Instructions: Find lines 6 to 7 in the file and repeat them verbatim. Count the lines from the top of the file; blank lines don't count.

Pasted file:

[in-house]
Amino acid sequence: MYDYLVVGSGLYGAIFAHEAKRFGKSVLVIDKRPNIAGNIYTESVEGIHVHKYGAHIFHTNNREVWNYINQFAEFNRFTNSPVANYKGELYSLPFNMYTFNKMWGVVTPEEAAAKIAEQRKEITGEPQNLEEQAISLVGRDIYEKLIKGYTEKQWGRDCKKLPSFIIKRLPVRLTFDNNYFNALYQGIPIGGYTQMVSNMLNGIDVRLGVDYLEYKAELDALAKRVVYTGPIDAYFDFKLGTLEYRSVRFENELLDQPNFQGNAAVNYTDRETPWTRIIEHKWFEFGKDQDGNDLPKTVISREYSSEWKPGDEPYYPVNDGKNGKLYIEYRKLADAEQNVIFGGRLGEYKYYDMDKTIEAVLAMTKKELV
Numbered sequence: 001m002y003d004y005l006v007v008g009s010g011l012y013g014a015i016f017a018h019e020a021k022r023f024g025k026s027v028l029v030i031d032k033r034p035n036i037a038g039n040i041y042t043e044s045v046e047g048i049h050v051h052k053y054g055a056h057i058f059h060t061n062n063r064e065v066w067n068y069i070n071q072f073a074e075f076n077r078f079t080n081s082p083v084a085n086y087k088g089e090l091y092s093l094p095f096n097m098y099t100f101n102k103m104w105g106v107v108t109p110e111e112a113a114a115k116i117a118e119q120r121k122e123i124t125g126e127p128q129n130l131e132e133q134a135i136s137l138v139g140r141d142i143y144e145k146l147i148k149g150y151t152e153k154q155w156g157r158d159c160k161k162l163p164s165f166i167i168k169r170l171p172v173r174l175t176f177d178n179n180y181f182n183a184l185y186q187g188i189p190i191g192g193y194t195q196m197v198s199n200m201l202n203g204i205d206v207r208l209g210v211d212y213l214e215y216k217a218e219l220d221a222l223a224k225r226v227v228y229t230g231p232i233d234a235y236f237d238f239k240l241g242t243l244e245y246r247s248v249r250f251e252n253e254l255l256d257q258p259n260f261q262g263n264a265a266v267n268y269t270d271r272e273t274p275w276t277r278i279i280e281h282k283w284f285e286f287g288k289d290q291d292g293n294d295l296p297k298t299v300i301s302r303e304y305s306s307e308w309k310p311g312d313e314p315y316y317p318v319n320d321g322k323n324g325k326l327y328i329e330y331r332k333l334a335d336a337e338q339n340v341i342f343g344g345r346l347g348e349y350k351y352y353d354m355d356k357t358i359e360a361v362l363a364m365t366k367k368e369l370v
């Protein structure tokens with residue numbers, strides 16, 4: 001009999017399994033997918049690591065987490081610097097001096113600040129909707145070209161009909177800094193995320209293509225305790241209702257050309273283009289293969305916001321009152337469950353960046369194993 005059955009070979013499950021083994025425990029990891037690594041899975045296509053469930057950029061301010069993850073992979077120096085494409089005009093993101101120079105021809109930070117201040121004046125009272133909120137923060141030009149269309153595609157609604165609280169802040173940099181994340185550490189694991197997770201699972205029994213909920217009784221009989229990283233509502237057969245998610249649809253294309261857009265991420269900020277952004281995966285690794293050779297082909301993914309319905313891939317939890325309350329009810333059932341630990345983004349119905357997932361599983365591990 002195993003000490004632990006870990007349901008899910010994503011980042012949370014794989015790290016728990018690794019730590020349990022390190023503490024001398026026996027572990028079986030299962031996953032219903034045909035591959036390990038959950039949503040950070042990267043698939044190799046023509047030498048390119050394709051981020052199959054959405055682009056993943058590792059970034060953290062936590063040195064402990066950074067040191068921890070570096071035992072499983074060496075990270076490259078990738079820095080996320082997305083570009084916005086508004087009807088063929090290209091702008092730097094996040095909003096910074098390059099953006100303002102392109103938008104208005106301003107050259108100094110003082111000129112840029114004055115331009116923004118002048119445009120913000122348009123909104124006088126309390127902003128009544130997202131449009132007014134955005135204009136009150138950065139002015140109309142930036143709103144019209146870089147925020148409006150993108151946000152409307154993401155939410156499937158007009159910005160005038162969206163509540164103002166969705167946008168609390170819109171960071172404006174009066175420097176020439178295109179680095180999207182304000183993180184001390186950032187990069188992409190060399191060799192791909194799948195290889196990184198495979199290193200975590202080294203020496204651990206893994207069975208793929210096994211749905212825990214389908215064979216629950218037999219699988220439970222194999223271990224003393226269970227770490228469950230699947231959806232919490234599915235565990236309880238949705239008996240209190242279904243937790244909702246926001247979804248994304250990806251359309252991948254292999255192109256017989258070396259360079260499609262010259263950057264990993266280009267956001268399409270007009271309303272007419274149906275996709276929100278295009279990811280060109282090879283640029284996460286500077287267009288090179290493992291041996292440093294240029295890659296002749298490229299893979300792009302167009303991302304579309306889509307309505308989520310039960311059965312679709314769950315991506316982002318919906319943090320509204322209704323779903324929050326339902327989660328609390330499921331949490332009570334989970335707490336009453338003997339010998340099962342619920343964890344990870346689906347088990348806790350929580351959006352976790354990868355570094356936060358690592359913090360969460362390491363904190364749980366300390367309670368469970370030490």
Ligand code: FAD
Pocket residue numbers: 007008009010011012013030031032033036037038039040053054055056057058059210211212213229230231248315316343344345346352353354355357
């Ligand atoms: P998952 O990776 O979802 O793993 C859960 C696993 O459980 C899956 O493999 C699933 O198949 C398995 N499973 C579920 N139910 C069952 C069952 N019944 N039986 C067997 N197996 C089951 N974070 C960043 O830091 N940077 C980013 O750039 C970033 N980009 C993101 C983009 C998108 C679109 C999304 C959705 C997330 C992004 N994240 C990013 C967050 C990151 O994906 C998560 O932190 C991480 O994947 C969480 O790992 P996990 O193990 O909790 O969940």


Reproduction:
Pocket residue numbers: 007008009010011012013030031032033036037038039040053054055056057058059210211212213229230231248315316343344345346352353354355357
């Ligand atoms: P998952 O990776 O979802 O793993 C859960 C696993 O459980 C899956 O493999 C699933 O198949 C398995 N499973 C579920 N139910 C069952 C069952 N019944 N039986 C067997 N197996 C089951 N974070 C960043 O830091 N940077 C980013 O750039 C970033 N980009 C993101 C983009 C998108 C679109 C999304 C959705 C997330 C992004 N994240 C990013 C967050 C990151 O994906 C998560 O932190 C991480 O994947 C969480 O790992 P996990 O193990 O909790 O969940």